Monday, March 10, 2014
PORTLAND — Sarah Thompson and her husband, John, put two daughters through Portland elementary schools.
Students head home for the day from the Hall School in Portland on Friday.
John Patriquin / Staff Photographer
One went to Fred P. Hall. The other went to Longfellow.
As far as Sarah Thompson is concerned, neither child got a better education than the other.
That's why she was surprised and frustrated when state officials issued grades for Maine's public schools on May 1, including an A for Longfellow and an F for Hall.
Those vastly different grades, for two schools less than two miles apart, highlight the simplicity and pitfalls of the state's new letter-grade system for public schools.
"I don't understand that. They are both great schools," said Thompson, a member of Portland's school board. "The teachers are no less dedicated and the parents are no less involved at one or the other."
The schools' grades were based in part on one day of standardized testing. By many other measures, Hall and Longfellow look almost identical: The buildings are about the same age, the student-teacher ratios are virtually the same, the average teacher age is comparable, and the average experience per teacher is close.
The average teacher's annual salary at Hall, $62,849, is actually about $5,000 more than the average at Longfellow, and more of Hall's teachers have master's degrees. On paper, teachers at Hall are slightly more qualified.
There are two notable differences between the schools: At Hall, twice as many students qualify for the federal free and reduced-price lunch program, and more than six times as many are classified as English language learners, meaning English is not their first language.
No one should blame low-income students or English language learners for the school's score, Thompson said, but to overlook the challenges that some of the students face would be ludicrous. Blaming teachers and schools is even more alarming, she said.
The state's grades shouldn't be a problem, she said, but "perception is reality for a lot of people. They are going to believe these grades if they don't hear otherwise."
School board member Justin Costa said he thinks the letter grades are punitive and counter-productive. "I understand that there is a whole group of people who want to see education become more data-driven and accountable, but this is not a valid model," he said. "And instead of bringing together people to improve education, (the state) is putting educators and schools and parents on the defensive and creating animosity."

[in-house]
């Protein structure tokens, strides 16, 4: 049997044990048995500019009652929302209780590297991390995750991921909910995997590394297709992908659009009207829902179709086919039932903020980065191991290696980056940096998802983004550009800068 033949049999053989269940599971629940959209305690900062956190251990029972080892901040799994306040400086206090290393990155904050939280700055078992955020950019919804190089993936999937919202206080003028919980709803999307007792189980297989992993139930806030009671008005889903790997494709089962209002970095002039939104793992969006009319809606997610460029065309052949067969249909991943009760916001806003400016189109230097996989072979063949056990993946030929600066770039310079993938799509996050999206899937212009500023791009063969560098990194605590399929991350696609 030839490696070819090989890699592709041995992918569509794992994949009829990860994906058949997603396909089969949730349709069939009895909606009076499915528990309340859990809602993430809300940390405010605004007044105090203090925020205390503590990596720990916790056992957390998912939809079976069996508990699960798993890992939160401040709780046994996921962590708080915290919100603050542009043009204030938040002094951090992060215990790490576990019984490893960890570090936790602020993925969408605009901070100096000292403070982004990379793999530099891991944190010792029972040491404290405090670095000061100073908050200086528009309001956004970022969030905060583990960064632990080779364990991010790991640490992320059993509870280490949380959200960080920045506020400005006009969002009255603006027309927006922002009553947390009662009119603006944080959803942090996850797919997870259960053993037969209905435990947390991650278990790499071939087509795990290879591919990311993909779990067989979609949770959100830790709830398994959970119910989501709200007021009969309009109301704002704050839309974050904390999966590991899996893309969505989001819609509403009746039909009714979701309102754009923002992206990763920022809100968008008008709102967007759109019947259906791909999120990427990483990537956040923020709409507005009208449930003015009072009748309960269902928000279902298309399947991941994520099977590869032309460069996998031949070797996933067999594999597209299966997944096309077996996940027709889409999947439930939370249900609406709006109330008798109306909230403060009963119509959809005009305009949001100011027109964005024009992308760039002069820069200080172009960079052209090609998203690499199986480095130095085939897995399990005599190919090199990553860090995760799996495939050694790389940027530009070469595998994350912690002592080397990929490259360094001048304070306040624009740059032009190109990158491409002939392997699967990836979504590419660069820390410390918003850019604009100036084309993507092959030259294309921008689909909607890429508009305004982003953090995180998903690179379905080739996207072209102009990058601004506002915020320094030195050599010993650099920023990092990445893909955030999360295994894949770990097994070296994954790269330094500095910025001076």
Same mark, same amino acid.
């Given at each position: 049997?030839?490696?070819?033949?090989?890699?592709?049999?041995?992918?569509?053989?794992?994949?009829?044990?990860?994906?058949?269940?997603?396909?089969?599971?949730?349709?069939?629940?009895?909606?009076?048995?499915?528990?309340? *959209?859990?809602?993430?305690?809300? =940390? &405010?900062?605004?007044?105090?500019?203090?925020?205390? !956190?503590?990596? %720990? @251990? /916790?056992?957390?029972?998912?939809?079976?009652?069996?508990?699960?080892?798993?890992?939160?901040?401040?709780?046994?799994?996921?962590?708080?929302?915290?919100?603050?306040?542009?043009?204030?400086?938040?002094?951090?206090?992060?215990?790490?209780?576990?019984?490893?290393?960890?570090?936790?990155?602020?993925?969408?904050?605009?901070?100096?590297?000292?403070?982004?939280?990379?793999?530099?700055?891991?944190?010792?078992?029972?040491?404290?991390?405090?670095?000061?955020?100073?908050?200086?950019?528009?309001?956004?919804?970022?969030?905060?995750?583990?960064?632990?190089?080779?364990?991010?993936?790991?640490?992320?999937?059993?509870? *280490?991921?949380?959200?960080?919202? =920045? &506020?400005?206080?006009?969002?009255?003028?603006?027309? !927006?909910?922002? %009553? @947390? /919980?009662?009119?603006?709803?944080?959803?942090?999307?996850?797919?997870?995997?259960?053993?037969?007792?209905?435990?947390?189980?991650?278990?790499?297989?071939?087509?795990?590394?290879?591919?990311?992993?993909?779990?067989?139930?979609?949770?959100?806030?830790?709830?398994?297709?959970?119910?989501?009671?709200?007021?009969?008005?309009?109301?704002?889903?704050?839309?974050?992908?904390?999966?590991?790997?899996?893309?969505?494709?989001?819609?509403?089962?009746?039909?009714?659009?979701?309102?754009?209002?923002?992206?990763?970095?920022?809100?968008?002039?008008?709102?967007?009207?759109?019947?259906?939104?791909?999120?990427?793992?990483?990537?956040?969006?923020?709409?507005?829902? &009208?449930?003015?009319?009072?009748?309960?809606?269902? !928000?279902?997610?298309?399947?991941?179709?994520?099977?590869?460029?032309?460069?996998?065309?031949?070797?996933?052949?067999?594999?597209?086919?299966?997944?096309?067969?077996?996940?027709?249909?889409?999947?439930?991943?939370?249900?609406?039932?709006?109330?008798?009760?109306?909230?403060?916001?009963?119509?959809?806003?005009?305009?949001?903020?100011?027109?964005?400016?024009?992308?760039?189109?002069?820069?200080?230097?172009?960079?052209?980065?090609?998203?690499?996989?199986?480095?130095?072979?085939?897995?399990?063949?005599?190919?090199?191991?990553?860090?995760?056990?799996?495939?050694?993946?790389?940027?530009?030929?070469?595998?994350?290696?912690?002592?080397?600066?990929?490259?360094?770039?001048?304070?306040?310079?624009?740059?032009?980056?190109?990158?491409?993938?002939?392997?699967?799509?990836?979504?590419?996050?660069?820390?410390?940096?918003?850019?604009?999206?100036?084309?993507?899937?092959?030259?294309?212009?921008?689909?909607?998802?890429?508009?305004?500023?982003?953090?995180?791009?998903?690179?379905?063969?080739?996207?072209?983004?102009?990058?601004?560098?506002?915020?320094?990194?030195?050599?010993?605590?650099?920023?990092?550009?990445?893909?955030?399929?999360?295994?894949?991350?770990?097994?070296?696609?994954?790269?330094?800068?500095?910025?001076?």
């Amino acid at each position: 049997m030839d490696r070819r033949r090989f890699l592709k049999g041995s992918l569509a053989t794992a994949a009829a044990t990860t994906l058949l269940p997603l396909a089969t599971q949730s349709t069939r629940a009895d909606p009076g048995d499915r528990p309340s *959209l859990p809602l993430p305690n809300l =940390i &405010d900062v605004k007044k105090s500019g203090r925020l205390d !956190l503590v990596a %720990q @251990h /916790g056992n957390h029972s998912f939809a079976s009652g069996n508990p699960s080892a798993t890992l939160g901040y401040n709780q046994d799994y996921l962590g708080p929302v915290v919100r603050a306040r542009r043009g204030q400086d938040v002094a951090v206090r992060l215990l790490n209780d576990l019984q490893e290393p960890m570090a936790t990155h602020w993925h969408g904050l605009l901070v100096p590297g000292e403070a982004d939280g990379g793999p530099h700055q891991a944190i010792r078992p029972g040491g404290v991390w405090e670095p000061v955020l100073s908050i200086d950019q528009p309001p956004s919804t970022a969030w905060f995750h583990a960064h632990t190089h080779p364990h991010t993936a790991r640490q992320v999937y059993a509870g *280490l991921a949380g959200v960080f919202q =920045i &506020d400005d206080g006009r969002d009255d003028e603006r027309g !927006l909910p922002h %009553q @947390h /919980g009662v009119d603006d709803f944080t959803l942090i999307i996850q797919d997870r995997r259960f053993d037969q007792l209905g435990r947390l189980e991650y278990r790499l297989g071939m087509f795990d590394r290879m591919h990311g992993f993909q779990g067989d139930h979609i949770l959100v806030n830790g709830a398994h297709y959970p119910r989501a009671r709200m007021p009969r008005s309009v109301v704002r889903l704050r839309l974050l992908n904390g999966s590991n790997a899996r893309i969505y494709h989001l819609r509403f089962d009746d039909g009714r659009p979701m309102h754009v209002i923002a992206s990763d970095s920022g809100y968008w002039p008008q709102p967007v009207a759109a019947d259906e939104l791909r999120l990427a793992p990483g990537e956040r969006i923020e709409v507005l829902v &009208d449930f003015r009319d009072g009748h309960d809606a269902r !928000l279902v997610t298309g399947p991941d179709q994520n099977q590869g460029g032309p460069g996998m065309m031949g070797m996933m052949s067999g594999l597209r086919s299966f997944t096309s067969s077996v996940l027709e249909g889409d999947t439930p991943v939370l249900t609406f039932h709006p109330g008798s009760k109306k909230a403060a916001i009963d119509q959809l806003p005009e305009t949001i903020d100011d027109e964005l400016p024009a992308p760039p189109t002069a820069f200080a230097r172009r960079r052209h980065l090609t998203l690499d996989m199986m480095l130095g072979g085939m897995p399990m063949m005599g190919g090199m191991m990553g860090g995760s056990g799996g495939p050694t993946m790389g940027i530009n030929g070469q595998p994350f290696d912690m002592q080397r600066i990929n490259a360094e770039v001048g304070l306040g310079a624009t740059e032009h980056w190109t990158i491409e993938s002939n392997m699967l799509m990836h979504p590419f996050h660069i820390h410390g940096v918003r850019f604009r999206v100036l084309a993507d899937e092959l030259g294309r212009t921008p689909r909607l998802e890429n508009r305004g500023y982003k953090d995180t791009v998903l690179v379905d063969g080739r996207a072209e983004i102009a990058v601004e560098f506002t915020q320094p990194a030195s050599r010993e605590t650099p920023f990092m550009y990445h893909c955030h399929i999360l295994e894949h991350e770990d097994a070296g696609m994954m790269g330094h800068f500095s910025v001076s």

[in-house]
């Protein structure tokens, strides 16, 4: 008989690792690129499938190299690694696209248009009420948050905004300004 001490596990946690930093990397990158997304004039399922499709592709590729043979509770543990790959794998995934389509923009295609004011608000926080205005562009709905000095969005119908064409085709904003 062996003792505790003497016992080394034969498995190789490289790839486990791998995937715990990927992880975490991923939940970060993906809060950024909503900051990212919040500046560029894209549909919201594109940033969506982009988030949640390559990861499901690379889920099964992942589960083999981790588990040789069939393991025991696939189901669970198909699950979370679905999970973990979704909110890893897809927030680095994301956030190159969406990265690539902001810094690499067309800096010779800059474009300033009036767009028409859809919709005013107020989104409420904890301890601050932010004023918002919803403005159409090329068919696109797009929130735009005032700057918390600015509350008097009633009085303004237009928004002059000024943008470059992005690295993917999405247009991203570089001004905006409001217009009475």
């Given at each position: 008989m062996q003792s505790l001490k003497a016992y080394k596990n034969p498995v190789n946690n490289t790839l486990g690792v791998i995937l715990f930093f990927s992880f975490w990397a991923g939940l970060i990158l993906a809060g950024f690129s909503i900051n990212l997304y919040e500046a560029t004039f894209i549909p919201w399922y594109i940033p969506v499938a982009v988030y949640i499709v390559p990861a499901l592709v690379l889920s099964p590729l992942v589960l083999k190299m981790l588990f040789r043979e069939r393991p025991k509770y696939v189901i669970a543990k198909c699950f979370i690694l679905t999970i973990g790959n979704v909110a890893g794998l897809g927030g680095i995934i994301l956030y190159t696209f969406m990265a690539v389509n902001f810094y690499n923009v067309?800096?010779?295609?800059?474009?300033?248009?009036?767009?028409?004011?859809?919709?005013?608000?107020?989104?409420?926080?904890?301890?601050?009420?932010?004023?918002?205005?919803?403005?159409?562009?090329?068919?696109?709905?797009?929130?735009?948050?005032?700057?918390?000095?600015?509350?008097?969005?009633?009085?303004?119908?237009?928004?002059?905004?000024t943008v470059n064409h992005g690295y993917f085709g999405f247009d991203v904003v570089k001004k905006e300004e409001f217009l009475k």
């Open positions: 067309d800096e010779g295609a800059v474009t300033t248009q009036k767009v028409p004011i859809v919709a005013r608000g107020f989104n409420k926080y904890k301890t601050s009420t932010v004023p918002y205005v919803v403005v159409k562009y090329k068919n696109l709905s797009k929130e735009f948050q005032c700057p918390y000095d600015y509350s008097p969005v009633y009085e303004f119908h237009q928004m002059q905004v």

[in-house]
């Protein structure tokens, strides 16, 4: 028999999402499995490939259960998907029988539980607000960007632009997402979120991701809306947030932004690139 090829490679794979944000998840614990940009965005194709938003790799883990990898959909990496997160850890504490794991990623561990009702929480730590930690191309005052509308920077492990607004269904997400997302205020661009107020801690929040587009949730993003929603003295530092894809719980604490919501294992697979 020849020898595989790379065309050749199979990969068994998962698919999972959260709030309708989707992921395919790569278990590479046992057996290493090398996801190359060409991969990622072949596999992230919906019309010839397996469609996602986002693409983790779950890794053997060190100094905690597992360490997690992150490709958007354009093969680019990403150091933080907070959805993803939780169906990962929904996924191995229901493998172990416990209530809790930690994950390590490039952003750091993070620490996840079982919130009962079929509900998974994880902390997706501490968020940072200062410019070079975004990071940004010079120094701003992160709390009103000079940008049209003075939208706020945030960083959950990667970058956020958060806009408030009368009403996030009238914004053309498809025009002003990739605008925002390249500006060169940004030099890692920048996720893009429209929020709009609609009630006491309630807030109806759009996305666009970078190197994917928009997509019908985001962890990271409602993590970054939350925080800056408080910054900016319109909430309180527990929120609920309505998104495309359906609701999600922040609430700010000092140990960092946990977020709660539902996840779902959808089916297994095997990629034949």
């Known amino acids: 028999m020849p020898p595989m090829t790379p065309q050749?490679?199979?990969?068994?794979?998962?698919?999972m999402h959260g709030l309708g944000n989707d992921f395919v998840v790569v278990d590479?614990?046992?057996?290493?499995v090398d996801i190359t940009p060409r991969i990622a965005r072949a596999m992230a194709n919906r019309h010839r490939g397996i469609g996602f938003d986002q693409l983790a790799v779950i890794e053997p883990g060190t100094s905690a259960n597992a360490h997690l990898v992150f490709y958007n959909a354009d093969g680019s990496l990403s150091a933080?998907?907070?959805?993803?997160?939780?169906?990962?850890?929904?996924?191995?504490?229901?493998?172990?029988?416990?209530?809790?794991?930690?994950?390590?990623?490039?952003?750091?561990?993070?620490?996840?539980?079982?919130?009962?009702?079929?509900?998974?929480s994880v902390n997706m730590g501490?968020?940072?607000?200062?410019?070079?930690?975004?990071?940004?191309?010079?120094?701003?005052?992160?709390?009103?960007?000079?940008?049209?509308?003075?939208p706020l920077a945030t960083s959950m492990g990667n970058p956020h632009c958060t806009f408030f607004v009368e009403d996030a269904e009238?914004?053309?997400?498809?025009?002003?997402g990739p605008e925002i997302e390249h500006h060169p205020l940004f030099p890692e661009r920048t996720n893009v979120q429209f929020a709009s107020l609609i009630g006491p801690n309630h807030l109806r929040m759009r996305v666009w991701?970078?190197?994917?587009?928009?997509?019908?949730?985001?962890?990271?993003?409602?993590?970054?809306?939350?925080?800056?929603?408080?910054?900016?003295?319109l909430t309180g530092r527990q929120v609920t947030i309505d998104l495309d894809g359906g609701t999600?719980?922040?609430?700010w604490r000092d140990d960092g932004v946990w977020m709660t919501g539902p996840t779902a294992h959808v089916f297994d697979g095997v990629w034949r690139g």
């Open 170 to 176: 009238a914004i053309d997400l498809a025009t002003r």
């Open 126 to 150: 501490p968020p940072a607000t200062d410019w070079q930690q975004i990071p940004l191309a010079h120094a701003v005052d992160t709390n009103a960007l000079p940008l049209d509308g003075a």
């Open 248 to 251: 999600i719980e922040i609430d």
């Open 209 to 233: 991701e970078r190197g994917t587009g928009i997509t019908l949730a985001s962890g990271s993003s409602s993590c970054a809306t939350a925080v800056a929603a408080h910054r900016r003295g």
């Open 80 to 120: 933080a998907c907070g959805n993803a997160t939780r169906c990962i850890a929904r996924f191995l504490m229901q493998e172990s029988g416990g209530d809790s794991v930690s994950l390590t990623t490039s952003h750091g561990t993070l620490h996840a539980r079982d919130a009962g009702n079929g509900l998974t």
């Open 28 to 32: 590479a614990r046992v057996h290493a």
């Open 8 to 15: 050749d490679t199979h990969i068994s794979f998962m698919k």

Education Commissioner Stephen Bowen said the reaction to the grades has been mixed, but he's glad that people in communities statewide are talking about education.
"We don't want the grades to just sit there for a year," he said. "We want to see what we can learn from them."
A CLOSER LOOK
In the new grading system, elementary schools were compared through the latest New England Comprehensive Assessment Program scores for reading and math. The system also considered growth over the previous year at each school in each subject.
With that formula, Longfellow received 306.8 points and Hall got 192.3 points, which translated to an A and an F, respectively.
Portland school officials denied a request by the Portland Press Herald to spend time inside the two schools to look at possible differences in teaching and learning. Superintendent Emmanuel Caulk said he did not want to pit schools against each other.
When the grades were announced, however, Caulk released a statement that urged parents and teachers not to put too much stock in them.
"In the Portland Public Schools, we do not assess a student's year-long performance based on a single test, as we know it is not an accurate reflection of learning," he said. "Similarly, we do not judge the quality of our schools on a single measure and instead review a range of assessment and data analysis to develop plans for success at all schools."
(Continued on page 2)
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Students exit Longfellow Elementary School at the end of the school day on Friday afternoon in Portland.
Tim Greenway / Staff Photographer